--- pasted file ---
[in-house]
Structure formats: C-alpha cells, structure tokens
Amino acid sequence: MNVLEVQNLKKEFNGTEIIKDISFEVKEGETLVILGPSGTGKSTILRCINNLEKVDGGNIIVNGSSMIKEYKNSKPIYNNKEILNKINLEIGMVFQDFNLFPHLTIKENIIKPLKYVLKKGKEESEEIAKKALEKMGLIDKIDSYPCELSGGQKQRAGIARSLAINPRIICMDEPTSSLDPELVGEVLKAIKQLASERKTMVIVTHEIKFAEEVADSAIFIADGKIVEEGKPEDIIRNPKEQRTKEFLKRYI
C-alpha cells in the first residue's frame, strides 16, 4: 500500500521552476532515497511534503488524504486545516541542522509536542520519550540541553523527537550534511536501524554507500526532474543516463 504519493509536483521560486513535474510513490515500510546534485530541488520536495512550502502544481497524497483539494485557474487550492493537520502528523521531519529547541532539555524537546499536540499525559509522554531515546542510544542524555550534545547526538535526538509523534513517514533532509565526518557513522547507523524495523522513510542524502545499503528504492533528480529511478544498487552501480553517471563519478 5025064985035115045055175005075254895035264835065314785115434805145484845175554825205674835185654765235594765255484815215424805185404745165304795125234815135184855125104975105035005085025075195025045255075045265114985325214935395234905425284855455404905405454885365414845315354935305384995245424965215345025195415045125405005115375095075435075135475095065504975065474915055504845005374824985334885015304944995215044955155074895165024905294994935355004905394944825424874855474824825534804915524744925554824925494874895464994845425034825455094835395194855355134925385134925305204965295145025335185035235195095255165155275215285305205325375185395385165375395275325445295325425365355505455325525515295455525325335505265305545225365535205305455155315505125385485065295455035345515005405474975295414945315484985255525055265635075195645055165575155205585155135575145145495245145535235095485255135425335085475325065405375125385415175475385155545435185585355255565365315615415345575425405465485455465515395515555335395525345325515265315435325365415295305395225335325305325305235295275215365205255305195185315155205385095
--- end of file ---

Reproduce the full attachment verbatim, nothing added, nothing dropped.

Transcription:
[in-house]
Structure formats: C-alpha cells, structure tokens
Amino acid sequence: MNVLEVQNLKKEFNGTEIIKDISFEVKEGETLVILGPSGTGKSTILRCINNLEKVDGGNIIVNGSSMIKEYKNSKPIYNNKEILNKINLEIGMVFQDFNLFPHLTIKENIIKPLKYVLKKGKEESEEIAKKALEKMGLIDKIDSYPCELSGGQKQRAGIARSLAINPRIICMDEPTSSLDPELVGEVLKAIKQLASERKTMVIVTHEIKFAEEVADSAIFIADGKIVEEGKPEDIIRNPKEQRTKEFLKRYI
C-alpha cells in the first residue's frame, strides 16, 4: 500500500521552476532515497511534503488524504486545516541542522509536542520519550540541553523527537550534511536501524554507500526532474543516463 504519493509536483521560486513535474510513490515500510546534485530541488520536495512550502502544481497524497483539494485557474487550492493537520502528523521531519529547541532539555524537546499536540499525559509522554531515546542510544542524555550534545547526538535526538509523534513517514533532509565526518557513522547507523524495523522513510542524502545499503528504492533528480529511478544498487552501480553517471563519478 5025064985035115045055175005075254895035264835065314785115434805145484845175554825205674835185654765235594765255484815215424805185404745165304795125234815135184855125104975105035005085025075195025045255075045265114985325214935395234905425284855455404905405454885365414845315354935305384995245424965215345025195415045125405005115375095075435075135475095065504975065474915055504845005374824985334885015304944995215044955155074895165024905294994935355004905394944825424874855474824825534804915524744925554824925494874895464994845425034825455094835395194855355134925385134925305204965295145025335185035235195095255165155275215285305205325375185395385165375395275325445295325425365355505455325525515295455525325335505265305545225365535205305455155315505125385485065295455035345515005405474975295414945315484985255525055265635075195645055165575155205585155135575145145495245145535235095485255135425335085475325065405375125385415175475385155545435185585355255565365315615415345575425405465485455465515395515555335395525345325515265315435325365415295305395225335325305325305235295275215365205255305195185315155205385095